2017 Check-In: PROTECT Continues Successful Community Engagement in Puerto Rico

Since the center’s inception in 2010, PROTECT has strived to establish partnerships in Puerto Rico with study participants, the community, and the March of Dimes – networks of connection forged in an effort to positively influence the health of the community. Highlighted in this article are some of the significant community engagement steps that the PROTECT Team has taken in the past year.

PROTECT/CRECE staff and their family members at the March for Babies event in San Juan. The Puerto Rico Chapter of the March of Dimes works to reduce the rate of preterm birth on the island.

PROTECT/CRECE staff and their family members at the March for Babies event in San Juan. The Puerto Rico Chapter of the March of Dimes works to reduce the rate of preterm birth on the island.

Given the center’s sizable cohort of pregnant women, PROTECT has played a significant role in educating and increasing awareness of environmental health issues in the community. The Human Subjects Core (HSC) and Community Engagement Core (CEC) have jointly conducted multiple presentations with collaborating health centers as well as with medical and nursing students at various universities on the island. The CEC has begun a research project on healthcare provider’s perceptions and awareness of environmental health risks, an endeavor which will hopefully allow the team to better target environmental health activities for medical professionals in the area. The team has also published a series of environmental health brochures to disseminate to participants and healthcare providers.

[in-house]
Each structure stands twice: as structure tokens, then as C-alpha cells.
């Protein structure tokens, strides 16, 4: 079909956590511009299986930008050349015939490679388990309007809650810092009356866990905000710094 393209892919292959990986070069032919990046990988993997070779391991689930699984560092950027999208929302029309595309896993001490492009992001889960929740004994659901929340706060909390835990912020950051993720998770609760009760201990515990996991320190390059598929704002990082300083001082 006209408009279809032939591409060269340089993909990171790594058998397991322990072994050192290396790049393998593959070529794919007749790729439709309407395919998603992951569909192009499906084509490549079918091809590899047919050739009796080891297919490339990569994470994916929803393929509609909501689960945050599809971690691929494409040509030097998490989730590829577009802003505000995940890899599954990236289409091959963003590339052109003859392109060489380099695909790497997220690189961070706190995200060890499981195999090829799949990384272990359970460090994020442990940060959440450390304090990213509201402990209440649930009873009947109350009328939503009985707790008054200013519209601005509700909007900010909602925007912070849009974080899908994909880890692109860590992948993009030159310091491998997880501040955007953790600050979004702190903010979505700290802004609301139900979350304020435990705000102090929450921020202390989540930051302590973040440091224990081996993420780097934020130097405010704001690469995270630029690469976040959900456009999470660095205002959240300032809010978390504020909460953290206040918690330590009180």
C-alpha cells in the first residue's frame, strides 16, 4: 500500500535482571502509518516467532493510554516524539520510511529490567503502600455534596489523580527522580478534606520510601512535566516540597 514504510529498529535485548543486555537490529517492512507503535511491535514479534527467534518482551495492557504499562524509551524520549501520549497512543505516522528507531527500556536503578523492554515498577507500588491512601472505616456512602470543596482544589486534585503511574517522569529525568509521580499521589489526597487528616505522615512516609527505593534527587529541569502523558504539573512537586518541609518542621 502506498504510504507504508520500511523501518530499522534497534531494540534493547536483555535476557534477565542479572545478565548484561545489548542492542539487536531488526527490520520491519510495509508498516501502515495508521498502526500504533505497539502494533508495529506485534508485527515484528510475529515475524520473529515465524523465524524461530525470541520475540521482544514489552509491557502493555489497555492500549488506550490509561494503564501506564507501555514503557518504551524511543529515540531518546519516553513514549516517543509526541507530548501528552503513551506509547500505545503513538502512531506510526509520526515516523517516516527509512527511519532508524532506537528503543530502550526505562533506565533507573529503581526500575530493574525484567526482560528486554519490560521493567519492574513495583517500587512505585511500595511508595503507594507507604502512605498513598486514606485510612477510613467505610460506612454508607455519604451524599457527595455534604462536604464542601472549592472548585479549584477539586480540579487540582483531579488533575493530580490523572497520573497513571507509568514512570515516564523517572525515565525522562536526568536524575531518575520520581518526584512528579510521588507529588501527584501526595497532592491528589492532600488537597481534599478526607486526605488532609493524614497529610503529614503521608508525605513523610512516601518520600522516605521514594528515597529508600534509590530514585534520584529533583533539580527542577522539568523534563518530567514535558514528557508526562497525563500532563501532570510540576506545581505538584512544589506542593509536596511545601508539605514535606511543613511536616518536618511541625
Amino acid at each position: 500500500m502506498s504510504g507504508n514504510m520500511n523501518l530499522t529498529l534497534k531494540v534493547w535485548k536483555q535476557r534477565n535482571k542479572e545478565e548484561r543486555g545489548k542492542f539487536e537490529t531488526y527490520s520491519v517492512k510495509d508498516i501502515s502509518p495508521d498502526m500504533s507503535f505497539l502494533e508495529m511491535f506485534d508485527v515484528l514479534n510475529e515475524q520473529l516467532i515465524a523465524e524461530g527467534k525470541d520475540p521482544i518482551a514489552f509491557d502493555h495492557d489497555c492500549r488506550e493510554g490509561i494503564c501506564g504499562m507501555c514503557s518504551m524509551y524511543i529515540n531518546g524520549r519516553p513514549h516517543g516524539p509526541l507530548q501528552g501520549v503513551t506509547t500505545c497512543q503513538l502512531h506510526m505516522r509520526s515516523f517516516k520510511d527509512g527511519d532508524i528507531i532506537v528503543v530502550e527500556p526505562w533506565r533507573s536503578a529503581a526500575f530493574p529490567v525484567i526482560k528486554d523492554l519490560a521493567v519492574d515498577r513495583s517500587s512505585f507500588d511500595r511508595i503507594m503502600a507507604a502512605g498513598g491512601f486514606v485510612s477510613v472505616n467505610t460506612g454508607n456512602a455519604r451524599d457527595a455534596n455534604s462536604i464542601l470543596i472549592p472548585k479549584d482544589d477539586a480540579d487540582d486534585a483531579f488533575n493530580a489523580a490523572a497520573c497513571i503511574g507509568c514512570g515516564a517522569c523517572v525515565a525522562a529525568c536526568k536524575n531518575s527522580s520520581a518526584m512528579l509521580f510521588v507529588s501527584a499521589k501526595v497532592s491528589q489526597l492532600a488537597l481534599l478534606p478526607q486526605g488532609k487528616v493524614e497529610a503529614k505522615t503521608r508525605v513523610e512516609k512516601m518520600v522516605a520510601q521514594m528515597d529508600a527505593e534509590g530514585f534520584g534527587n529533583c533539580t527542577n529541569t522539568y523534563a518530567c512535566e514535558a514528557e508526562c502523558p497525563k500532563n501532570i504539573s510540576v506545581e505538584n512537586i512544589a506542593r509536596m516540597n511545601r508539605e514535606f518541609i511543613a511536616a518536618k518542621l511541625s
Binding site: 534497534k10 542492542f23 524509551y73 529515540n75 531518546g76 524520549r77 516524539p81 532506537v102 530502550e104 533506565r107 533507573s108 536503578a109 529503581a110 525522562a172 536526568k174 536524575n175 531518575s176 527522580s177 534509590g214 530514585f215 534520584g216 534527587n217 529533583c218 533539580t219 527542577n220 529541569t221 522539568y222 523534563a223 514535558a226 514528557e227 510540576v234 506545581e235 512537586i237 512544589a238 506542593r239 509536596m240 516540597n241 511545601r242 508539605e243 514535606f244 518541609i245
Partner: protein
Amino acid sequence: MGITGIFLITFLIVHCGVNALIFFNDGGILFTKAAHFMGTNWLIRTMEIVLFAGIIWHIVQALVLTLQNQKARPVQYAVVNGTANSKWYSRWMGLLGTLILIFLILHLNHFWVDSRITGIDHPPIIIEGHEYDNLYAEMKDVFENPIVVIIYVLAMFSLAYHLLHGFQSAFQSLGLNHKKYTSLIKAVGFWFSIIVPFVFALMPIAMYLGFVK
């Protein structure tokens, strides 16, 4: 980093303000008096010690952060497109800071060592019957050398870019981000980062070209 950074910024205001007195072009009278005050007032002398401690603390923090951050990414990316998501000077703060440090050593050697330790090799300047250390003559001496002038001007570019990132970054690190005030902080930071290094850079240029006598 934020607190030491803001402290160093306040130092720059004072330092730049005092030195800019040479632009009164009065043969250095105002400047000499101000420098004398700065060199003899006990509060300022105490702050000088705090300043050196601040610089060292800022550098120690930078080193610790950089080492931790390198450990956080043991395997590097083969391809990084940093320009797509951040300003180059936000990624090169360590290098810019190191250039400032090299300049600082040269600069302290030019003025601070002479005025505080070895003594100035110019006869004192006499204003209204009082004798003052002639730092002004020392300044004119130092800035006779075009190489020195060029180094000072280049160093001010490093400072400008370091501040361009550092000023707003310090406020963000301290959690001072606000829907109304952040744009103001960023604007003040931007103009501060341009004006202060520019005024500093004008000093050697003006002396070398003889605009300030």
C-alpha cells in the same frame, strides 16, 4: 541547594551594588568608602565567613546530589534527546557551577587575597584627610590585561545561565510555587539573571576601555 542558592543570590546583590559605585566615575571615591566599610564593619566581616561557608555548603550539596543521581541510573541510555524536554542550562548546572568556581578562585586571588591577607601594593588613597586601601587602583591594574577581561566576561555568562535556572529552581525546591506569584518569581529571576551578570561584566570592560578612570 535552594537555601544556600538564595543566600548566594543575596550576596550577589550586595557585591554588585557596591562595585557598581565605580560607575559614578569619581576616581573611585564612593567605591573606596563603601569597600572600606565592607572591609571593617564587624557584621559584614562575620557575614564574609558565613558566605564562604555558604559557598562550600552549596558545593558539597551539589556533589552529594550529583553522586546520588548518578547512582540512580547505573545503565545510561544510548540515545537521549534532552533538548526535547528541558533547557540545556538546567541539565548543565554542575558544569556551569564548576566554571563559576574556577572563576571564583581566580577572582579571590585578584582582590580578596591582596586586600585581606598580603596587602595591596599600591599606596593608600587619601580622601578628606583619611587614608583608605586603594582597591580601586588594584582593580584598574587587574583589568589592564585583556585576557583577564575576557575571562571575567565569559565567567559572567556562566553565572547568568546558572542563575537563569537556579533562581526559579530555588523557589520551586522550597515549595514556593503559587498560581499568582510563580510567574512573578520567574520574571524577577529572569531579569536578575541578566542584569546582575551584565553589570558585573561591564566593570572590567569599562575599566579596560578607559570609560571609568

In addition, PROTECT has continued to support efforts to address public health challenges in Puerto Rico. As the Zika epidemic engulfed Puerto Rico beginning in late 2015, the team worked strategically with the community, as well as with academic and governmental partners, to address prevention and surveillance. PROTECT has focused particularly on hosting large-scale Zika information sessions for local healthcare providers to ensure they have accurate information for patient care. Thanks to a supplement from the NIEHS, PROTECT has also been given the opportunity to take part in the Zika in Infants and Pregnancy (ZIP) study, which will compare the birth outcomes of pregnant women infected by Zika to those of pregnant women who are not infected or had the virus prior to pregnancy.

A significant proportion of PROTECT’s community engagement activities have been directed towards the issue of preterm birth in Puerto Rico. Given this, the PROTECT team has been very encouraged by a drastic drop in the region’s preterm birth rate, which has gone from close to 20% in 2008 to 11.4% in 2015. The team looks forward to continuing to work toward reducing preterm birth in Puerto Rico.

PROTECT’s 2017 Check-In Series kicks off the new year with articles highlighting and reflecting upon the team’s accomplishments and findings since the center began, especially those that have come to fruition in the past year.